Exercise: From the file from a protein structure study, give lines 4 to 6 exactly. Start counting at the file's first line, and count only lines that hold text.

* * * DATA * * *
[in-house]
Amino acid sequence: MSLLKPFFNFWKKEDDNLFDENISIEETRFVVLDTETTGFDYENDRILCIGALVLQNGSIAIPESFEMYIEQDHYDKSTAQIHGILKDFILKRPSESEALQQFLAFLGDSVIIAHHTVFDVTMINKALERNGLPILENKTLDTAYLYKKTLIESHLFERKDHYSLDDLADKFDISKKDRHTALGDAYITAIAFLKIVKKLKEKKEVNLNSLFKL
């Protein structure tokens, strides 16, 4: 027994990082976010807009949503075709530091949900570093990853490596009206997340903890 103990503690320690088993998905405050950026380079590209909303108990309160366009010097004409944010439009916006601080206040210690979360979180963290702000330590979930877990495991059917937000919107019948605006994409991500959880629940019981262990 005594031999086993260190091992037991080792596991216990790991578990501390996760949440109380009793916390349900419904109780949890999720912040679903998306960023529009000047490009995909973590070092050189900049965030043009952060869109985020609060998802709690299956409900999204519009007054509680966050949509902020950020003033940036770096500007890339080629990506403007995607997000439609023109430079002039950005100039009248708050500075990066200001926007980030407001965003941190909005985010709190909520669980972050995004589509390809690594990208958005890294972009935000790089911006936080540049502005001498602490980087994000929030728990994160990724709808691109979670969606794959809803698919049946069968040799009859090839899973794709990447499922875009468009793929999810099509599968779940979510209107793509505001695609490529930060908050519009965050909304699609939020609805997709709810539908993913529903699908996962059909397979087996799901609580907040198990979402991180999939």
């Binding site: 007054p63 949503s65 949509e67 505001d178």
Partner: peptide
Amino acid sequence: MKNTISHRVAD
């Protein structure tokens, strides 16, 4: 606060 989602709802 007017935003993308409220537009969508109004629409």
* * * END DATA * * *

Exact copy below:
């Binding site: 007054p63 949503s65 949509e67 505001d178």
Partner: peptide
Amino acid sequence: MKNTISHRVAD